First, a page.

Toyoshima-san was spot on about the dry suit.  After removing and rinsing my equipment, the first thing I did was rinse my hair and then remove the suit.  It felt incredible, to be bone dry and not need a shower.  Soon I was back in my jeans and ready to discuss the dives.  Dry suit diving is definitely an interesting thing to try, but it does take some getting used to, and nobody wants to start out in cold water so I understand why it is not recommended to beginners.  I also found today that I’d dived to 25m.  Such a deep depth but it didn’t feel any different to 10m or 15m!  As much as I loved diving in Atami and am proud of what I achieved today, I would take the warm tropical waters of Okinawa anytime 🙂

Photos coming soon!

Practical information

l       I found Diving Service Atami (www.atami.biz) online after a Google search.

l       Atami is about 50mins by bullet train.

l       To get a full day’s worth of diving, take a train around 7:30AM from Tokyo.  Trains are extremely regular, and the Tokaido line is another option too – longer journey, cheaper tickets.

l       A bullet train return ticket is about 8,000yen with no reserved seat.

l       From Atami station, take the bus to “Korakuen” the final stop.  Diving Service Atami is opposite the bus stop.

l       The school is small and quiet with basic facilities.  Tea and coffee are provided but no lunch or snacks.  Their office is really cosy, with lots of photos and magazines.

l       It costs 16,500yen for 2 guided dives, and an extra 8,500yen to rent a dry suit.

l       At the school you set up the equipment and put it on before getting on to the boat.  The boat is basic, with bench-style seating for the divers.  Take off your equipment on land when you’re safely off the boat.

l       Breaks in between dives are long – return to the school, then an hour to take it easy before starting your next dive.

l       Because of the Tohoku earthquake, power cuts and fears over aftershocks, business is very quiet.  Diving with me were 6 other divers from the area.

l       The waters of Atami are cold and murky in March.  A friend cleverly described them as “miso soup” waters.  Summer is a much better time, when the water becomes clear and blue, especially around June

l       Other good dive spots in the Atami area include a 30m dive to see an 85m cargo vessel called the Chinsen, and Kosaga Dokutsu (cave), open from Nov to Mar.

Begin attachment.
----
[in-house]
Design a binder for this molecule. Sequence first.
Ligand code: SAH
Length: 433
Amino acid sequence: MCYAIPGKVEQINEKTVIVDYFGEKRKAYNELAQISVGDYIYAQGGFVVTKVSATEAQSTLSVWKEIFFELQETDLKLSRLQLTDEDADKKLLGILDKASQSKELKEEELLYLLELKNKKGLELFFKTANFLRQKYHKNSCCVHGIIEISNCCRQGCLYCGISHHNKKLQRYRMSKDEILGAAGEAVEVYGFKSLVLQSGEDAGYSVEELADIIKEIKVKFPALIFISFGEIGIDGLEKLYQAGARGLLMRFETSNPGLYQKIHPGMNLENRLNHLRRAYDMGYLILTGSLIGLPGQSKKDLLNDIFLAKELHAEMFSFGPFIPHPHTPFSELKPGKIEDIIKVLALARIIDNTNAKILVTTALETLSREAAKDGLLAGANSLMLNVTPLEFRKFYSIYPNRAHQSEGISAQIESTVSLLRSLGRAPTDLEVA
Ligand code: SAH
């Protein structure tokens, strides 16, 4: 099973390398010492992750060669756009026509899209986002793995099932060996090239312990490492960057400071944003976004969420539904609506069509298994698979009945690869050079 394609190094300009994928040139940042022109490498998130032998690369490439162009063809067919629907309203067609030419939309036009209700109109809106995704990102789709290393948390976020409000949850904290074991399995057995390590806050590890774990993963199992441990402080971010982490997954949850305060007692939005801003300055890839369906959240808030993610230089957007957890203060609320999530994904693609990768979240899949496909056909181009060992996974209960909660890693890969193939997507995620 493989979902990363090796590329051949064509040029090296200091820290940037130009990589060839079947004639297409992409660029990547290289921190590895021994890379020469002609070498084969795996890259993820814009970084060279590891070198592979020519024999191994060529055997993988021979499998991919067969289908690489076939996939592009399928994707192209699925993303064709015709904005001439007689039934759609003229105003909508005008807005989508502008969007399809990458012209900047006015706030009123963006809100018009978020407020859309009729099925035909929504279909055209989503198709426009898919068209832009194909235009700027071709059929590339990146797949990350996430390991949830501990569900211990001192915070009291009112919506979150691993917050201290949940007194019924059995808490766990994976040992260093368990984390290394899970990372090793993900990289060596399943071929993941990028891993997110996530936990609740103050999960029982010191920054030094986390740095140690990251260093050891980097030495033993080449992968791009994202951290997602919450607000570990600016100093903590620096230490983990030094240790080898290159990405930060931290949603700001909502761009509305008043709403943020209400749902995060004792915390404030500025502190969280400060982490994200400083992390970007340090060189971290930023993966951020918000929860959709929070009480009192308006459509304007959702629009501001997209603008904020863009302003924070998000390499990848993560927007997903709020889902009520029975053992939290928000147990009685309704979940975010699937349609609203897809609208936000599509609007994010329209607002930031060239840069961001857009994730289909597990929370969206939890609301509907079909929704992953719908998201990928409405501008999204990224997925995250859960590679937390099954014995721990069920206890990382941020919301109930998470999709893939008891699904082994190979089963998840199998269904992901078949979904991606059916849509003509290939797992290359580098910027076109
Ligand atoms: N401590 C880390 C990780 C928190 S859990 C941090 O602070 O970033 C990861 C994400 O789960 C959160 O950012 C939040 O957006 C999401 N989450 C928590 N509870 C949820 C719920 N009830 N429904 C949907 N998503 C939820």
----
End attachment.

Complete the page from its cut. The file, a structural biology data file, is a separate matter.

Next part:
March’s dives

Bitagane: depth: 25.1m, dive time: 39mins, average depth: 13.7m, water temp: 15C, visibility 5:6m, used a 10L tank, 5kg weight belt, 1kg ankle belt and a dry suit.  Saw moray eels, orange starfish, nudibranches, and sardines!

Soudaine: depth:22.3m, dive time: 41mins, average depth 13.6m, water temp: 15.9C, visibility: 5-6m, used a 10L tank, 5kg weight belt, 1kg ankle belt and a dry suit.  Saw purple sea urchins and zebra crabs.

http://library.thinkquest.org/J002608/urchin.html

http://www.animalsandearth.com/photo/view/id/47972-xeno-crab-xenocarcinus-tuberculatus-on-wire-coral-cirrhipathes-sp-70-feet-deep-papua-new-guinea#1#tag#Xenocarcinus%20tuberculatus#viewed#

http://en.wikipedia.org/wiki/Moray_eel

http://www.seadb.net/en_Zebra-crab-Zebrida-adamsii_664.htm

About Rising Bubbles

Based in Bristol, UK, I am a freelance writer and consultant working on Japan’s aquaculture and fisheries development. My work focuses on issues related to sustainability, research, gender, technological advancements, adaptation and resilience. I have a keen interest in the recovery of aquaculture in the Tohoku region, following the Great East Japan Earthquake and Tsunami of March 11th, 2011, and provide news stories, features and reports from Japan for national and international seafood and fisheries media. While living in Tokyo between 2006 and 2017, I worked as a freelance writer on Japan’s aquaculture and marine-related subjects, in particular scuba diving. My blog began in 2011 as a comprehensive guide to diving in Japan. I have enjoyed exploring Japan’s waters extensively and became a certified Dive Master in August 2015. I hold an MSc in Sustainable Aquaculture from the University of St Andrews, and a BA in Japanese and French from the University of Cardiff, UK.